Before taking up the precise point ably argued by counsel, a little delving into judicial history will serve to clarify the situation. The Supreme Court of the Philippine Islands, which had previously existed under the Spanish administration as the Audiencia Territorial de Manila, was reestablished by General Orders No. 20 of the Military Government, dated May 29, 1899. An Act providing for the organization of courts in the Philippine Islands including the Supreme Court (No. 136) was enacted by the Philippine Commission in 1901. All previous provisions, with some modifications and additions, were, collated in the Judiciary Law found in the Administrative Codes of 1916 and 1917. Local statutory law, among other things, now provides for a Supreme Court of nine judges, fixes the qualifications for office of such judges, names the vacation period, determines when regular terms of court shall be held, and grants to the court exclusive administrative control of all matters affecting its internal operations. (See Administrative Code of 1917, Tit. IV, ch. 9, art. 2.) The Legislature finally provides for sessions of the court in banc and in divisions as hereinbefore noticed.

One cannot but notice that under the general legislative power assumed by the Military Governor, the Philippine Commission, and the Philippine Legislature, the Philippine judiciary has been created, organized, and reorganized with little or no Congressional intervention. The Legislature has turned to an organization for the Supreme Court not unknown in Philippine history since both the Audiencia and the first Supreme Court organized after American occupation in the Philippines were constituted with two branches, one civil and one criminal.

Recurring now to the point at issue let us first recall that the portion of section 26 of the Organic Act relating to the exercise of jurisdiction by the Supreme Court, an exact transcription of a portion of section 9 of the Philippine Bill, has invariably been construed by the courts to mean that the Philippine Legislature can add to, but cannot diminish, the jurisdiction of the Supreme Court and the Courts of First Instance. (Weigall v. Shuster [1908], 11 Phil., 340; Barrameda v. Moir [1913], 25 Phil., 44; In re Guariña [1913], 25 Phil., 37.) Jurisdiction has, in this connection, been defined as the authority to hear and determine a cause. (Herrera v. Barreto and Joaquin [1913], 25 Phil., 245.) Our precise inquiry then becomes one of determining if the Philippine Legislature, by enacting that portion of section 138 of the Administrative Code which authorizes divisions in the Supreme Court. has diminished the authority of the Supreme Court to hear and determine causes.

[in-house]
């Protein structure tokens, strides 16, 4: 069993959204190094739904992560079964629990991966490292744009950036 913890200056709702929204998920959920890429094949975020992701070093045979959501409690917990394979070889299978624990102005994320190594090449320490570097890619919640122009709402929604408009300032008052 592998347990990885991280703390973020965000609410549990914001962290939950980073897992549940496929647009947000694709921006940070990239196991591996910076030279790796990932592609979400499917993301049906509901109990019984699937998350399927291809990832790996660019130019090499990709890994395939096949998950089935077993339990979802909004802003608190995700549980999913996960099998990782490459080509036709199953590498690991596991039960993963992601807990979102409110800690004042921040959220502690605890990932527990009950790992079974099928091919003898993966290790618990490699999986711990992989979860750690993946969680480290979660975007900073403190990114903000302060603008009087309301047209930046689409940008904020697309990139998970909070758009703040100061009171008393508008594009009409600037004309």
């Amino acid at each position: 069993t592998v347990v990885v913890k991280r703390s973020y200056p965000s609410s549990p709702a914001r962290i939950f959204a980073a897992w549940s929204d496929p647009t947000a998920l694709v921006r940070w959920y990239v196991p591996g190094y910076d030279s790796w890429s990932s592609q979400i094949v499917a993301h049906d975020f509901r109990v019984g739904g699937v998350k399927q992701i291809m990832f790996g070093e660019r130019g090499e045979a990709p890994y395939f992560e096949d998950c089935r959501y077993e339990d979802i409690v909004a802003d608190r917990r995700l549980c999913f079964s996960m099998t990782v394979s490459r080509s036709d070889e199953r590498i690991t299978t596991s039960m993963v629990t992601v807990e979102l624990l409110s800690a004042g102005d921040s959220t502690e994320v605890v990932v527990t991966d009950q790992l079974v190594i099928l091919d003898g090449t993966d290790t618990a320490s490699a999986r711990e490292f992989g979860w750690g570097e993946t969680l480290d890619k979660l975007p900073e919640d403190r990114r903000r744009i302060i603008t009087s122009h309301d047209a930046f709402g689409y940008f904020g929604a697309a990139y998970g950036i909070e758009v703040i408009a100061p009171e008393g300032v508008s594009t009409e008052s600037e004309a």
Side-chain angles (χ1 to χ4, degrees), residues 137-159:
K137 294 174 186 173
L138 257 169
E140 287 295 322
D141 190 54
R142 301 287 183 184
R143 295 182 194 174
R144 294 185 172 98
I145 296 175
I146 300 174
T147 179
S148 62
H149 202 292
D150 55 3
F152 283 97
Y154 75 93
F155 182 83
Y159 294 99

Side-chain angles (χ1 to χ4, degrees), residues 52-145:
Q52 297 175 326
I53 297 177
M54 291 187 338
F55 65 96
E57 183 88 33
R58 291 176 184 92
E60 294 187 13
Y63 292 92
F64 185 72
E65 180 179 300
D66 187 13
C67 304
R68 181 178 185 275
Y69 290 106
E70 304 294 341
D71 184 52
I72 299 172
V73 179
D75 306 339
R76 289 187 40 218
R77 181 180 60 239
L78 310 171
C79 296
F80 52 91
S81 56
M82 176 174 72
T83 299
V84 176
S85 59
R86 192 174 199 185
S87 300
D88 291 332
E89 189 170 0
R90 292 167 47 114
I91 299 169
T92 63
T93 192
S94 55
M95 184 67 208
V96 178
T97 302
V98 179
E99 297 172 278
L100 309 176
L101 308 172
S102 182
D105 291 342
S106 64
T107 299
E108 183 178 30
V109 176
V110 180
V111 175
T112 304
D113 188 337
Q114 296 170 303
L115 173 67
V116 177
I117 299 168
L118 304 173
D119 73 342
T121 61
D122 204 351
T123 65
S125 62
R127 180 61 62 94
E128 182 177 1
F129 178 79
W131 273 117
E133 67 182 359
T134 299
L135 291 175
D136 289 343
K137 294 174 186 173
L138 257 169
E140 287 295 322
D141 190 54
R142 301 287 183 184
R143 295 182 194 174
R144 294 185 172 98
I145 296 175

We think not. There is but one Supreme Court of the Philippine Islands. It is the jurisdiction of this Supreme Court which cannot be diminished. The Supreme Court remains a unit notwithstanding it works in divisions. Although it may have two divisions, it is but a single court. Actions considered in any one of these divisions and decisions rendered therein are, in effect, by the same Tribunal. The two divisions of this court are not to be Considered as two separate and distinct courts but as divisions of one and the same court. In the exact words of the law which is questioned, "the Supreme court shall, as a body, sit in banc, but it may sit in divisions . . ." (See generally 15 C. J., 869, citing authorities.)

The Legislature has merely attempted to regulate the organization of the court in a way not prohibited by any constitutional provision. The constitution of divisions has been permitted for convenience and the prompt dispatch of business. The provision in no way involves the question of jurisdiction.